As good as Boone can be at times — his Chick-Fil-A Bowl game performance against Texas A&M says hello — he can be almost as bad at others, like against N.C. State’s below-average defense last year. Connette’s presence was a security blanket for Duke’s offense, in a sense, and it took some pressure off of Boone, even if he didn’t see it that way. Now, it’s gone.

Cutcliffe is known for playing multiple quarterbacks in a season to get them game reps in case his starter goes down, or even for the benefit of the next season or the season after that. He’s always looking forward. But right now, Duke has just one quarterback that has seen game action on its opening-day roster.

Sophomore Thomas Sirk could be a candidate to take on a Connette-like role — he’s a dual-threat guy and probably a better passer than Connette. Redshirt freshman Parker Boehme could see some reps as well, but Sirk will likely be the guy.

Boone has to be steadier, and has to stay healthy. He can’t be running the ball the way Connette did last year, or he’ll get hurt in a hurry. Between Sirk and Boehme, they have to be ready to get in games and play well — particularly Sirk if he can emerge as a runner. One of them will have to become at least a reliable backup, if not a change-of-pace quarterback, because it’s so key to what Duke does.

Measuring against Duke’s history, a third straight bowl appearance would be a success. But this program has grown so much under Cutcliffe that such a measure has become patronizing at best and insulting at worst. That’s especially true considering the reigning Coastal champs return much of the core that led them to the title last year. 

So for Duke, a successful season means being in contention for the Coastal crown until the very end. As Cutcliffe likes to say, playing meaningful football in November is what people remember. Duke certainly did that last year, and the Blue Devils need to keep doing that for the program to keep taking steps forward.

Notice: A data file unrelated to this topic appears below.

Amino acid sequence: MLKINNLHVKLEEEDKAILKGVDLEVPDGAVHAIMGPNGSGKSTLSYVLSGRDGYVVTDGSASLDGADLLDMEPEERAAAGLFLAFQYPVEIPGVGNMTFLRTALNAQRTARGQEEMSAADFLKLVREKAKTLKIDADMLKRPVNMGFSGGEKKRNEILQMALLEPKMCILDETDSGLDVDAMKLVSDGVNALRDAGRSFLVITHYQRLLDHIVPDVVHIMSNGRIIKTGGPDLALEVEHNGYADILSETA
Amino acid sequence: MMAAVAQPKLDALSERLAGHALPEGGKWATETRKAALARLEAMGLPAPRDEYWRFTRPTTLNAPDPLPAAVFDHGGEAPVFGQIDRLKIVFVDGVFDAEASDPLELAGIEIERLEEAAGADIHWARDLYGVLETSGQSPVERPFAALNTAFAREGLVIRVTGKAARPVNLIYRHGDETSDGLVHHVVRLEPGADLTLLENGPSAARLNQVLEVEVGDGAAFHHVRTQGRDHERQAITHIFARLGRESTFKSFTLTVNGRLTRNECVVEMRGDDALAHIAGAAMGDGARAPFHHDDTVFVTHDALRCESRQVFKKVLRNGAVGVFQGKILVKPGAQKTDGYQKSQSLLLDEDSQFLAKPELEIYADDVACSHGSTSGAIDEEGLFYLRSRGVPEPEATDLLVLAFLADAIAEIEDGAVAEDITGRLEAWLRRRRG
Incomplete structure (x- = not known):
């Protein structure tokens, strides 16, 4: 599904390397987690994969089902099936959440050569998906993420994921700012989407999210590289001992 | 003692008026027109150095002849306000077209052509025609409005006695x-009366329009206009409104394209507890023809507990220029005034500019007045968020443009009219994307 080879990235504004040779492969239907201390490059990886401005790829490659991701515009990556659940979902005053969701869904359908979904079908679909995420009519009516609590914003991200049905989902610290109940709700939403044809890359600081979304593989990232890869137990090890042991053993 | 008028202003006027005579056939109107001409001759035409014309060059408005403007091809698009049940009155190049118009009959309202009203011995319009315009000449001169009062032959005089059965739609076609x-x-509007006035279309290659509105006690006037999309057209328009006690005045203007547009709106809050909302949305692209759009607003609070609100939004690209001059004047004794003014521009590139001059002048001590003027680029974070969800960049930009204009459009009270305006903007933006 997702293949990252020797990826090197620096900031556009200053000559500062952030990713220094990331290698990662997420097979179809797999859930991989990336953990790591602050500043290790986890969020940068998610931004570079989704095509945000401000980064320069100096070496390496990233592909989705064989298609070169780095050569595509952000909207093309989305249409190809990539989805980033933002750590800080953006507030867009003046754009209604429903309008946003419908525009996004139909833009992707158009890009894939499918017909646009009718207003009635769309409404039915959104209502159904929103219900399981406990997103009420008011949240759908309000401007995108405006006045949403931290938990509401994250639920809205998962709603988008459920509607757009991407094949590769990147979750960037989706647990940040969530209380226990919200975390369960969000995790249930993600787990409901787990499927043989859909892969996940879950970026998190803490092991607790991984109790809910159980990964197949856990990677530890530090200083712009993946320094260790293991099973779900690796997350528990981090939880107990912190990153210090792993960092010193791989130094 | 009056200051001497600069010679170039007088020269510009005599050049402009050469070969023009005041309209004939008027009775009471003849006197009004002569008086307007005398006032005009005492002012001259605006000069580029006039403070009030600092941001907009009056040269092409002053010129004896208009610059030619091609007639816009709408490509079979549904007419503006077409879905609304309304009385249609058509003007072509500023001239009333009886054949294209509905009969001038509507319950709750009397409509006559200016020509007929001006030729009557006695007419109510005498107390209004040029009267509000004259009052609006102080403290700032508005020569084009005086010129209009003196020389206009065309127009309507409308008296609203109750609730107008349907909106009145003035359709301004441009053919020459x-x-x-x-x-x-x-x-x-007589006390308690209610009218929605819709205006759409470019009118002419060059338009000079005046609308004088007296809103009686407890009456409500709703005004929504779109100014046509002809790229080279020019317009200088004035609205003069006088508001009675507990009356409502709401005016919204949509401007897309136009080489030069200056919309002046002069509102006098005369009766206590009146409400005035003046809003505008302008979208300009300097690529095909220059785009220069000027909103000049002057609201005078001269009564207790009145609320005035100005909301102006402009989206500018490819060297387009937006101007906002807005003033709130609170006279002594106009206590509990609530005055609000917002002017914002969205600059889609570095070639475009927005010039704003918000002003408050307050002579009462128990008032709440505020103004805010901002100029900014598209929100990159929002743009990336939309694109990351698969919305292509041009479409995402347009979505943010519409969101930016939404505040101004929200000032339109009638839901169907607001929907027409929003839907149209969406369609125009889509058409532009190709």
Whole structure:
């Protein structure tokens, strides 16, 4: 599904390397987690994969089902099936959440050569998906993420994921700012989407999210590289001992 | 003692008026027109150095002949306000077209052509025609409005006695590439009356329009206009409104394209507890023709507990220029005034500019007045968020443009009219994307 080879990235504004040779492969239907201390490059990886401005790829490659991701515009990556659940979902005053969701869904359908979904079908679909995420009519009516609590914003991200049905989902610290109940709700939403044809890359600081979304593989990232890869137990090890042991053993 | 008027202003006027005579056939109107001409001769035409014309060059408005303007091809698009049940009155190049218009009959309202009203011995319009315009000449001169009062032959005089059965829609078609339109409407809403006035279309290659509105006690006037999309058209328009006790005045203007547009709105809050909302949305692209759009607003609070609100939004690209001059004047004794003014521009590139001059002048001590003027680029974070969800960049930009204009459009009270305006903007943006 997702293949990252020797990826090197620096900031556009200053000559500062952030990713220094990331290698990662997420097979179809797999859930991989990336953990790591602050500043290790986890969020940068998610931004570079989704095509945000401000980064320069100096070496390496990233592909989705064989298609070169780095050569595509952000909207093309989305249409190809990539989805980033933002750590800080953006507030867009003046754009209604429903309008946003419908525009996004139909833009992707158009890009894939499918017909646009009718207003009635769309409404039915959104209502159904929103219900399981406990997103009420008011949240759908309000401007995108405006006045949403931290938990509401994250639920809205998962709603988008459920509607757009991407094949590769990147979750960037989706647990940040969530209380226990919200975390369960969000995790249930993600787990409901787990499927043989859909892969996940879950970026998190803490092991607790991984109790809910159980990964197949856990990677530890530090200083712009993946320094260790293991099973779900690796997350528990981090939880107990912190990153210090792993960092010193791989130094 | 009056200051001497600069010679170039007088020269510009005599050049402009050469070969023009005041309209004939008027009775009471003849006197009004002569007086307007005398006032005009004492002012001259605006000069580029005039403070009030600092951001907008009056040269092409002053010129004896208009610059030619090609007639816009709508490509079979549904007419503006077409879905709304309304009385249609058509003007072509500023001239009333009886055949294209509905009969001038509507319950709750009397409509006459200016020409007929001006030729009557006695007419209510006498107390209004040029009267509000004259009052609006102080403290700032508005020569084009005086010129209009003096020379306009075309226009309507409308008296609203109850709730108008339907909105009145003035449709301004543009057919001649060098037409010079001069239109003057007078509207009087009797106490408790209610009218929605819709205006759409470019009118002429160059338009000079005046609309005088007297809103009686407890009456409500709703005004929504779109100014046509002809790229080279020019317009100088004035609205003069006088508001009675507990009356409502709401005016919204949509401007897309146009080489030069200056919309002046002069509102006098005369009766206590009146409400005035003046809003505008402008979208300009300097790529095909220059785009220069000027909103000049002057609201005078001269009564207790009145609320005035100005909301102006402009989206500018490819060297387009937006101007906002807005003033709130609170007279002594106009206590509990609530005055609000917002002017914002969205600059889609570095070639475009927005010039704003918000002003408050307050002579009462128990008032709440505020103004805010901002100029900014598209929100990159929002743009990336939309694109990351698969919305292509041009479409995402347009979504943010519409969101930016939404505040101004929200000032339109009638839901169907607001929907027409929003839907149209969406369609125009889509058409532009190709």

There’s not a sure loss on this schedule for Duke. But beyond two ACC games (Virginia and Wake Forest), there aren’t guaranteed league wins, either. Duke will have to work for everything it gets, but it’s all right there for the Blue Devils.

In theory, Duke’s first major test — a game at Miami on Sept. 27 — should be here instead of the Yellow Jackets. But Georgia Tech has been Duke’s nemesis in the Coastal, the only team in the Division left that Duke has not beaten in the Cutcliffe era (with the exception of Pitt, which joined last year). Georgia Tech has given plenty of teams trouble with its option-based wishbone attack, and Duke is no exception.

The Blue Devils started out 2013 with a 2-2 record and lost its first two ACC games at home, to Georgia Tech and then Pitt, the former of which was a 38-14 beating by the Yellow Jackets. It didn’t seem like a crazy result at the time, but then Georgia Tech showed itself to be disappointingly mediocre. Duke bounced back just fine, but it took winning its final eight regular-season games to earn the Coastal crown.

Duke could be 4-1 or even 5-0 headed into this year’s Georgia Tech game. Georgia Tech in Atlanta is a tough task, but if Duke is going to repeat as Coastal champs, it will put itself in prime position to do just that with a win.

Duke should get through its non-ACC schedule — Elon, at Troy, Kansas and Tulane — with ease. That’s four wins.

The ACC schedule breaks well for the Blue Devils in that they don’t get Florida State, Clemson or Louisville as crossover opponents (Syracuse and Wake Forest instead). Duke played quite well on the road last season, but this year’s road tests are Miami, Georgia Tech, Pittsburgh and Syracuse. None of those are sure losses for Duke by any stretch, but it’s just hard to imagine Duke sweeping all four of those games. Going 2-2 against those four would be just fine, but then Duke would need to win its four home games (Duke was 2-2 in the ACC at home last year) to repeat as Division champs. Virginia and Wake Forest won’t offer much resistance, but Virginia Tech and North Carolina (a Thursday-nighter) will.

There’s no game on this schedule that Duke can’t win. But there are also very few games on it that Duke can’t lose, either — particularly in ACC play.

Without two important leaders on defense, some question marks up front and lacking the wrinkle Connette’s presence provided, there are more questions than answers for me right now about whether or not this Duke team will be able to be as special as last year’s group was. That’s high praise for last year’s group more than a shot at this one. But I, like many others, have been wrong about Duke before. Doubt the Blue Devils and Cutcliffe at your own peril.